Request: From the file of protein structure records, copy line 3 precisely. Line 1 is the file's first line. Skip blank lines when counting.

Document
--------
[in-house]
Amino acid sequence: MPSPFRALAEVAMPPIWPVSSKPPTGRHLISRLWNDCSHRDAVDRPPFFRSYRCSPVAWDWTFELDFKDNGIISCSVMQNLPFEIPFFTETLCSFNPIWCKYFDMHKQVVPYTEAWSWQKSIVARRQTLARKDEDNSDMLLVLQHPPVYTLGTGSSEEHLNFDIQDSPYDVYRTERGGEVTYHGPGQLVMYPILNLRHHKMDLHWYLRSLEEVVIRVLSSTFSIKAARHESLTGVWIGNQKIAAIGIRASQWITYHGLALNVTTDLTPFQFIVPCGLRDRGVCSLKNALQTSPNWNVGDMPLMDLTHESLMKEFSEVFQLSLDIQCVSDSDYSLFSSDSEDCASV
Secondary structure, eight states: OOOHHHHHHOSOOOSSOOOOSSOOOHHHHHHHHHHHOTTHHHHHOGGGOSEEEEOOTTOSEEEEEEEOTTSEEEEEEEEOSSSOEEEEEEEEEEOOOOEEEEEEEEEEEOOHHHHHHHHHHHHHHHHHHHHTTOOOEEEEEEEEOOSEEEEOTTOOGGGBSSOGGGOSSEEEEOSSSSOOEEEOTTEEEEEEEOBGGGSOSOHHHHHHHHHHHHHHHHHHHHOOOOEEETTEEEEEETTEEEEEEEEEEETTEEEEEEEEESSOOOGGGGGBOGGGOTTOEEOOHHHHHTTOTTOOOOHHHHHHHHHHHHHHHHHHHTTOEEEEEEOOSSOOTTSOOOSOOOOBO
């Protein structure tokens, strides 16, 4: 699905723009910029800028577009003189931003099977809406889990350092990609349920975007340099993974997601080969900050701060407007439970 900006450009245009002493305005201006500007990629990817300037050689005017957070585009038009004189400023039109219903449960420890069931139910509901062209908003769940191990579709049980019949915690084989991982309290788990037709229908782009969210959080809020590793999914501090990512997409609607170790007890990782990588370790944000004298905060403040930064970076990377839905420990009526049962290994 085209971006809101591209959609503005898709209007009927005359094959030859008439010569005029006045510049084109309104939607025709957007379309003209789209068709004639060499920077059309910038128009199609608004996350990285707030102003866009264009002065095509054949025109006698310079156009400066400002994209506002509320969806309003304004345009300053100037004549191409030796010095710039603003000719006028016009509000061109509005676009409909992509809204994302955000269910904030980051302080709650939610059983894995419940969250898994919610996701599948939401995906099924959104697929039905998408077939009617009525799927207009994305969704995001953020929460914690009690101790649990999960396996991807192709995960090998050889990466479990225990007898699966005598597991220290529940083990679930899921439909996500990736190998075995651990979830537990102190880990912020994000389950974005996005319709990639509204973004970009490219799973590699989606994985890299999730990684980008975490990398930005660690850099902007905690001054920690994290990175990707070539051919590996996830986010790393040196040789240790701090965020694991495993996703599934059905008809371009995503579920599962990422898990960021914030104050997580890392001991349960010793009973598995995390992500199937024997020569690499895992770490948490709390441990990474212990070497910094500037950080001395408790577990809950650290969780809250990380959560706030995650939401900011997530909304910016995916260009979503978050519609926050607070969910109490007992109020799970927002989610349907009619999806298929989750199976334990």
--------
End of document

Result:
Secondary structure, eight states: OOOHHHHHHOSOOOSSOOOOSSOOOHHHHHHHHHHHOTTHHHHHOGGGOSEEEEOOTTOSEEEEEEEOTTSEEEEEEEEOSSSOEEEEEEEEEEOOOOEEEEEEEEEEEOOHHHHHHHHHHHHHHHHHHHHTTOOOEEEEEEEEOOSEEEEOTTOOGGGBSSOGGGOSSEEEEOSSSSOOEEEOTTEEEEEEEOBGGGSOSOHHHHHHHHHHHHHHHHHHHHOOOOEEETTEEEEEETTEEEEEEEEEEETTEEEEEEEEESSOOOGGGGGBOGGGOTTOEEOOHHHHHTTOTTOOOOHHHHHHHHHHHHHHHHHHHTTOEEEEEEOOSSOOTTSOOOSOOOOBO